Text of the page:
This retro record player might just be the most beautiful turntable in the world

(Image credit: Bang & Olufsen)

If you're yearning for a blast from the past, dusting off your old vinyls and giving them a spin on your turntable is one of the best ways to tap into that nostalgia – and the latest record player from Bang & Olufsen could be the best turntable for the job. 

The Beogram 4000c was originally launched in the 1970s, and a select number of existing models have been refurbished for 2020 – without losing its striking retro looks. 

It's part of Bang & Olufsen's new Classics initiative, in which the Danish audio company is "restoring and reimagining classic products".

Mads Kogsgaard Hansen, who is leading the initiative, explains: “In a world of consumer electronics, most products are regarded as disposable commodities. At Bang & Olufsen our products are built to stand the test of time. That is what differentiates us as a brand, what the Beogram 4000c so beautifully embodies and what we want to build on in the future”.

Carefully refurbished

In order to recreate the Beogram 4000 series turntable and bring it up to date, the company had to identify 95 existing models, bringing them back to "the same facility where they were first created nearly five decades ago", in Struer, Denmark.

Once there, the record players were disassembled, with every component "painstakingly cleaned" and new parts added where needed.

The retro turntables weren't just given a good scrub, though. For starters, the aluminum plinth has been "polished and anodized in a warmer champagne tone, giving the surface a subtle glow" – and we have to admit, it does look fantastic.

Meanwhile, the 4000c has been given a new solid oak frame and a dust lid to protect it while it's not in use – the touch-sensitive control pad has also been spruced up with a new, modern look.


(Image credit: Bang & Olufsen)

Interestingly, the original designers of the Beogram 4000c in the 1970s left space in the internal architecture, to allow for "additional technology upgrades".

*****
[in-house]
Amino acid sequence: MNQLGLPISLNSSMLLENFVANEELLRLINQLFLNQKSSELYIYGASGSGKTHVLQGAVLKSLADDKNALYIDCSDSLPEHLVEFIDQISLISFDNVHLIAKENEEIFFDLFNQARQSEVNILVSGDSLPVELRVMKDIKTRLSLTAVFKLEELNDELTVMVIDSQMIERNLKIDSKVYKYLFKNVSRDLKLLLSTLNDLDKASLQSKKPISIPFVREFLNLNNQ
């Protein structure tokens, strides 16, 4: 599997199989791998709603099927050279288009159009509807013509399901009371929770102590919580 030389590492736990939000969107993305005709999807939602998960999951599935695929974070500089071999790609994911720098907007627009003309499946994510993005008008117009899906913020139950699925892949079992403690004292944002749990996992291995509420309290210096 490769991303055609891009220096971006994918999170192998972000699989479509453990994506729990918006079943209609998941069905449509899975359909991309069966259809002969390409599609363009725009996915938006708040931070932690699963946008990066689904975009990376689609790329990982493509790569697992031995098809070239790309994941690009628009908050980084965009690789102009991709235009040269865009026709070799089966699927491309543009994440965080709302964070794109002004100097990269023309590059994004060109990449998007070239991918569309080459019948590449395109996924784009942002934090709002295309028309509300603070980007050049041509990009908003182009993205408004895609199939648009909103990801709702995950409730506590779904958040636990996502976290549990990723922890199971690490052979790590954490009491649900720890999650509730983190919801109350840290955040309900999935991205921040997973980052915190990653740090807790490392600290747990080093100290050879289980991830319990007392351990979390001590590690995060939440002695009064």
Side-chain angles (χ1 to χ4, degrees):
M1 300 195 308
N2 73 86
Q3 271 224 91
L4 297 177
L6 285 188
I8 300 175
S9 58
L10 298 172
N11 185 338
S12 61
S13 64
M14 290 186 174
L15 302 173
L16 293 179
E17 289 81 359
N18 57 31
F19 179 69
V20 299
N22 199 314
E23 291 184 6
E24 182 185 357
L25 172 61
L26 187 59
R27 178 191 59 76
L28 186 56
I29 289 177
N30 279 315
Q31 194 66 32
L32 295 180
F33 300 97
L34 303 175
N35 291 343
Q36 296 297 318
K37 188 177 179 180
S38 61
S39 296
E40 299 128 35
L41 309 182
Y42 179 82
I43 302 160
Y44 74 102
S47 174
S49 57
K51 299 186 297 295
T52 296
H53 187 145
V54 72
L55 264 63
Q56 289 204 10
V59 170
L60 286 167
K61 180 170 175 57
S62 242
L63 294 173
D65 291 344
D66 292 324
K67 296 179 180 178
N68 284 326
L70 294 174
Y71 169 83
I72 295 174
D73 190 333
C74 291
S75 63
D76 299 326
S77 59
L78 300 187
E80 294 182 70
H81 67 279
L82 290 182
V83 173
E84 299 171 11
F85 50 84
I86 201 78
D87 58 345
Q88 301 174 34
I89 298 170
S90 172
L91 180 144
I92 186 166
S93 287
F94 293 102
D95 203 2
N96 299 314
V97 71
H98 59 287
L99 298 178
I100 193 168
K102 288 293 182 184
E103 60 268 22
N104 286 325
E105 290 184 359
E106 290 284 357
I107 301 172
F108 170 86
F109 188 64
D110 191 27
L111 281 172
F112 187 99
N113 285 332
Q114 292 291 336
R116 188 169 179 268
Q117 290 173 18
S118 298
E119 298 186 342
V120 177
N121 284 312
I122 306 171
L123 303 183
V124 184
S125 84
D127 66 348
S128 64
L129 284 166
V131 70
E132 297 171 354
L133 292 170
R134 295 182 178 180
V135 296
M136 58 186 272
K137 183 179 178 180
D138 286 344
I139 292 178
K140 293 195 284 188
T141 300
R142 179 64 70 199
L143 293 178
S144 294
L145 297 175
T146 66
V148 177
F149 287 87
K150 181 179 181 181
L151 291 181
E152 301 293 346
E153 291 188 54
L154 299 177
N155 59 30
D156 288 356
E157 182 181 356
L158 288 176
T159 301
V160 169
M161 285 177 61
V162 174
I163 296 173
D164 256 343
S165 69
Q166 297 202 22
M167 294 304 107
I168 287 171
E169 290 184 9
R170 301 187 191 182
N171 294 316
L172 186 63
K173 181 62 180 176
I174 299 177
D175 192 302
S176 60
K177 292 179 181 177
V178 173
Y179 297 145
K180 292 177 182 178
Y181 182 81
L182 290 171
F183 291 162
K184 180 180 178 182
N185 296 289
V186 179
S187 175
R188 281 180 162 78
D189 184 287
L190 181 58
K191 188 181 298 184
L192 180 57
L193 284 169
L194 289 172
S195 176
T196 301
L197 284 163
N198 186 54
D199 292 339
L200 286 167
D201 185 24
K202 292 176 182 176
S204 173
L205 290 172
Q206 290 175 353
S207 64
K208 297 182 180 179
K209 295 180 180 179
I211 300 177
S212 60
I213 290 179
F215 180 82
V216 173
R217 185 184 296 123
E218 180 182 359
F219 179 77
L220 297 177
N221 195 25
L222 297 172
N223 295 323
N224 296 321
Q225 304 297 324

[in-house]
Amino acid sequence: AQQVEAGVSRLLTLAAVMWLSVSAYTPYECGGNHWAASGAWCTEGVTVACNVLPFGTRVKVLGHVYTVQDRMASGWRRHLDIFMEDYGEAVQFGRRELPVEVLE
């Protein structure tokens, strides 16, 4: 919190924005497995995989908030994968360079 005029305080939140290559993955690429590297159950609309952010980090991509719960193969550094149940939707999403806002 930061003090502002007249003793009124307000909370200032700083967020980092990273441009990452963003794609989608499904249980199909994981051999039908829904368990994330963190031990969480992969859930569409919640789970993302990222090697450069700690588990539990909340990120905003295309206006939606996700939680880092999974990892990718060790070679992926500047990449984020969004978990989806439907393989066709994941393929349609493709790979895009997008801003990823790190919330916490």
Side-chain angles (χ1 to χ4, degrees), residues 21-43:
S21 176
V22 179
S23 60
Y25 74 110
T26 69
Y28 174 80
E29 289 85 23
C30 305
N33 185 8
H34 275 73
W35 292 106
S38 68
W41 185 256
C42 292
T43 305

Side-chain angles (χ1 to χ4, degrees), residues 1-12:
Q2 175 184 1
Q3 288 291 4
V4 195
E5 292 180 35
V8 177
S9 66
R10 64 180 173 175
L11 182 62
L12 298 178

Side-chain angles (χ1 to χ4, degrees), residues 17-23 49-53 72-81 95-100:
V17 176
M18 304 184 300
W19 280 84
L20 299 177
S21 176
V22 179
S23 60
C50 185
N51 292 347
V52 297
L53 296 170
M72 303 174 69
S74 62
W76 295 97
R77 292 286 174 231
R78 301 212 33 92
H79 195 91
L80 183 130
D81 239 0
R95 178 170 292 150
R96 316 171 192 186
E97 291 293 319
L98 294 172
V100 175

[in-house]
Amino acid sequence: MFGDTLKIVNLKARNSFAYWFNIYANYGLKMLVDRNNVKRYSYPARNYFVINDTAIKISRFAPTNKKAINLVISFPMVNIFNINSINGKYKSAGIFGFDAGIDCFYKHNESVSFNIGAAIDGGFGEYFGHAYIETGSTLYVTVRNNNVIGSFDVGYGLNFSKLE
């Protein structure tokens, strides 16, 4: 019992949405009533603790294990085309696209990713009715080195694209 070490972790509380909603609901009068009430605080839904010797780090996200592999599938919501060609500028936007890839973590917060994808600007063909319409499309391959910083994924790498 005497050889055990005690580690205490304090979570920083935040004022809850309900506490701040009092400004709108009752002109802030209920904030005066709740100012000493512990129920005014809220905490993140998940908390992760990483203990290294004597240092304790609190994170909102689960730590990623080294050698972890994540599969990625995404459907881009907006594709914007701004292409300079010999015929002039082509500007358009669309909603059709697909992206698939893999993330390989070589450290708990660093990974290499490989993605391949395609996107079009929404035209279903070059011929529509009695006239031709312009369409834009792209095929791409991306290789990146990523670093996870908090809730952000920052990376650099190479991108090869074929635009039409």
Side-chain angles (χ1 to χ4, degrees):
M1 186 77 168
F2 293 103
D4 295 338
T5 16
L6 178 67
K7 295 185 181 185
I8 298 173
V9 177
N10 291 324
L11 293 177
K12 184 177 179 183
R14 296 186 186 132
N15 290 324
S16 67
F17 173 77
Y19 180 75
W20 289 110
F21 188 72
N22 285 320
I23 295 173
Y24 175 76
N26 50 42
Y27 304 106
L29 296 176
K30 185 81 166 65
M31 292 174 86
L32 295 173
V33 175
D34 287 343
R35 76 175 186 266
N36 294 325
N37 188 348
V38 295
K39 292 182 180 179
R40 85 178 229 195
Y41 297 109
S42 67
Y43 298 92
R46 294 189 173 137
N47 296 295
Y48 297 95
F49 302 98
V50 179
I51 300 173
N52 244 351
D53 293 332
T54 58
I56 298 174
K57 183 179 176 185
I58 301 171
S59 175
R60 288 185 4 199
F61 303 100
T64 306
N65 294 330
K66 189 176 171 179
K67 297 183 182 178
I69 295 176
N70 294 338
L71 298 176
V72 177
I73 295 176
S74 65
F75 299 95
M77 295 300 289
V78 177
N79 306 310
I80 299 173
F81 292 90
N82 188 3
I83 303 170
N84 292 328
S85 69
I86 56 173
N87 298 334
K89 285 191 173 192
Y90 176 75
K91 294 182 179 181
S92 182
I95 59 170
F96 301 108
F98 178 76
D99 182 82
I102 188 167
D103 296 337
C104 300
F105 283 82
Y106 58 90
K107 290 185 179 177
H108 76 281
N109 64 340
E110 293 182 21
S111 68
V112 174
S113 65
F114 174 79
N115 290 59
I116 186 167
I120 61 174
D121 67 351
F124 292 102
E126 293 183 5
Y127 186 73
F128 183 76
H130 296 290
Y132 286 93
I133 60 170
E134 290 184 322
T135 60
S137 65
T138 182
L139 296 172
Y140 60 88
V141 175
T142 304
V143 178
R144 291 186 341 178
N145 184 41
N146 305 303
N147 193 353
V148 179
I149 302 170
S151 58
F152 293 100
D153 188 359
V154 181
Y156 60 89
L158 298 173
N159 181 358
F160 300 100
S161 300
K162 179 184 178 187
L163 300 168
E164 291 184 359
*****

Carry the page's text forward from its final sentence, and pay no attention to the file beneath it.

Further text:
That foresight means Bang & Olufsen have been able to add a phono pre-amplifier to the turntable, which means it can be connected to your stereo speakers using a phono or 3.5mm line-level connection – no need for an external phonostage. 

The tonearm on the upgraded turntable has largely stayed the same, aside from being given a modern stylus. According to Bang & Olufsen, the 4000c was "the first in a series of Bang & Olufsen turntables to feature an automated tangential tonearm".

"On most record players, the tonearm pivots inward, causing the stylus to apply unwanted pressure on the record, which can result in sound distortion," the company explains.

However, on the Beogram 4000c, the entire tonearm assembly "moves uniformly toward the center of the record, keeping the stylus in a consistent position relative to the groove in the vinyl". 

Bang & Olufsen says that this allows the record to be played in "the same manner that the master disc was cut", hopefully providing a "more faithful acoustic experience". 

record player

(Image credit: Bang & Olufsen)

Want to get your hands on one of these limited record players? You'll need to dig deep – the Beogram 4000c Recreated Limited Edition costs $11,000 / £9,000 (about AU$15,000), with only 95 units available to buy.

If you do have the cash to splash on a refurbished vintage record player, you'll be able to buy it from select Bang & Olufsen stores from October 12, or online from October 19.

Looking for something a little cheaper? Check out our guide to the best turntables of 2020 for more budget-friendly options. And don't forget: Amazon Prime Day is coming up on October 13-14, with Black Friday following soon after in November, and both sales events could be great times to pick up a cheap turntable.

Olivia Tambini

Olivia was previously TechRadar's Senior Editor - Home Entertainment, covering everything from headphones to TVs. Based in London, she's a popular music graduate who worked in the music industry before finding her calling in journalism. She's previously been interviewed on BBC Radio 5 Live on the subject of multi-room audio, chaired panel discussions on diversity in music festival lineups, and her bylines include T3, Stereoboard, What to Watch, Top Ten Reviews, Creative Bloq, and Croco Magazine. Olivia now has a career in PR.